Survivor Stories 2014:
Diana Raab


1. How did you first find out you had cancer?

Routine annual mammogram at the age of 47.

2. How did you react when you heard the news?

Absolute shock. The news came through a phone call and I was seated in my home study. My physician asked if my husband could get on the other end of the line. I knew this meant bad news. I held his hand tightly while glancing at the photos of our three kids on the wall. They were too young to leave. I was petrified of cancer. There was no cancer in my family. I was the first.

3. What course of treatment were you prescribed?

At the time of my diagnosis I was living in Florida. My obstetrician sent me to an oncologist who suggested that with my type of breast cancer, DCIS, I fly out to see Dr. Mel Silverstein in Los Angeles, who specialized in this type of breast cancer. I took his advice and made an appointment and within two weeks I was in his office. Dr. Silverstein offered me two options. The first choice was a partial mastectomy, but he said with that I would need radiation and chemotherapy. My second choice was a mastectomy that meant that I would not need radiation and chemotherapy.

I opted for the latter. When I told him I chose to have a mastectomy, he advised that I arrange the mastectomy and reconstruction at the same time so that I woke up with a breast. I was happy about this suggestion, although the type of reconstruction I had, a latissmus dorsi flap, which removed part of my back muscle to make a new breast, has left me many years later with muscle issues on my right side. I suppose that’s a small price to play for survival.

4. What most surprised you about your treatment?

The lack of feeling on the mastectomy side. I can no longer be sexually aroused by that nipple.

5. What would your advice be to anyone who’s just received a cancer diagnosis?

Always get three opinions. Remember to take care of your physical and emotional self, such as through exercise, meditation, yoga, listening to meditation music. Also important is to journal your feelings.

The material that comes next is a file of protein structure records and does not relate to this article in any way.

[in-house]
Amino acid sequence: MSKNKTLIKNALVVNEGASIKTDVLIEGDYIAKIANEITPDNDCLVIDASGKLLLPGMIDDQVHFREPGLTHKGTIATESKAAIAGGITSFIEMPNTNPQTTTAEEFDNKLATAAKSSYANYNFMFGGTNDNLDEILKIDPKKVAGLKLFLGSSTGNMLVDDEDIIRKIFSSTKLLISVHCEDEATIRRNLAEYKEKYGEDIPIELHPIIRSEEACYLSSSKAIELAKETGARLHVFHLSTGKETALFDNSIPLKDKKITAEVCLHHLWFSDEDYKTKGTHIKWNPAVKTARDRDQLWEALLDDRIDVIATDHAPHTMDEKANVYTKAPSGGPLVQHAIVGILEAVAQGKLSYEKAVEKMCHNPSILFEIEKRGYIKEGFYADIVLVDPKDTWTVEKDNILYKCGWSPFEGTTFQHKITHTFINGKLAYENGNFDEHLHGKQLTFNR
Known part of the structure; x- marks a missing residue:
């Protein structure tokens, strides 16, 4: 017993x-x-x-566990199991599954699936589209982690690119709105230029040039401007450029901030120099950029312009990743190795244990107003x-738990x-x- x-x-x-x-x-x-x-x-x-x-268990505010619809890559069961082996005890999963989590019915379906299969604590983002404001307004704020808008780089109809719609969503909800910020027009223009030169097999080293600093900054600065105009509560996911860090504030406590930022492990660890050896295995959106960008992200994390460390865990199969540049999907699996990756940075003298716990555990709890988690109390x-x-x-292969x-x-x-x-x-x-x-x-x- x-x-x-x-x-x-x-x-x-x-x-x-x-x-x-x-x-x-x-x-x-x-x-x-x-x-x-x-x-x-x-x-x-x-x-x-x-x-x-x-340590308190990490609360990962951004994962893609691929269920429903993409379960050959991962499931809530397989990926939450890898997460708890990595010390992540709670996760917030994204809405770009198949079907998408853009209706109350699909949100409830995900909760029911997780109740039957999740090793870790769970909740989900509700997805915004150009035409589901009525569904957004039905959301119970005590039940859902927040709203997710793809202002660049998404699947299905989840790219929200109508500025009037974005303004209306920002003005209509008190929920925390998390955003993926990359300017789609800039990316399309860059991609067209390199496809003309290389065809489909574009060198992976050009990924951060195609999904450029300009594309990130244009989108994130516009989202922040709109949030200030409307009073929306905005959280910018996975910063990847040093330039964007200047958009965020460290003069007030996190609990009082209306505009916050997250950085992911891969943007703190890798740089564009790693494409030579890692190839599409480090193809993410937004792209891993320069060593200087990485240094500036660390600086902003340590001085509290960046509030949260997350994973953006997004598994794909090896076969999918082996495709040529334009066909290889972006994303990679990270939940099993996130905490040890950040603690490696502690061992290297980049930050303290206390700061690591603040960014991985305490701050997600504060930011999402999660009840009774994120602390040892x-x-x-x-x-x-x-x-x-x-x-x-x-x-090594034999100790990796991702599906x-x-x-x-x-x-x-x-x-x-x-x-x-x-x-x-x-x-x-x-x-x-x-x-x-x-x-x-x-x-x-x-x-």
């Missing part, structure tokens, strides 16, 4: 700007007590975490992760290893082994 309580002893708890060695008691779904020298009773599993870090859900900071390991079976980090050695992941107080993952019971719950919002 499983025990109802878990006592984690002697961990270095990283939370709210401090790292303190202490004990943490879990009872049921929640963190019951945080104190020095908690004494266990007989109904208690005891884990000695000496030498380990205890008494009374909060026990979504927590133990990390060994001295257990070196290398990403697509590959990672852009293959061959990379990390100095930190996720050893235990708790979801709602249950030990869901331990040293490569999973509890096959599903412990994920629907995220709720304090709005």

6. How long have you been cancer free?

I have been breast cancer free for 13 years, but eight years ago I was diagnosed with multiple myeloma, a form of bone marrow cancer, which the doctors say is unrelated to my previous breast cancer diagnosis.

7. What lessons did you learn from the experience?

That there is something to learn from all life experiences. Having a breast cancer diagnosis offered me the opportunity to feel gratitude for the good times and people in my life. I realized the importance of surrounding myself with positive people, and as much as possible removing toxic individuals from my life. I learned the importance of taking more time for myself through writing, meditation and beach walks. I also realized that the time is “now” to follow your dreams and that life is fragile. At the age of 48, I returned to graduate school and have never been happier.

8. If you could send one message to all the Good Enough Mothers out there – what would it be?

If this experience does not rivet you, nothing will. A gratifying and rewarding life involves embracing, rather than running from all the adversities and turbulences that we are faced with.


Diana Raab, Ph.D. is a memoirist, transpersonal psychologist, speaker and educator. She’s the author of 8 books including, Healing With Words: A Writer’s Cancer Journey. She inspires others to write for healing, transformation and empowerment. Her website is http://dianaraab.com.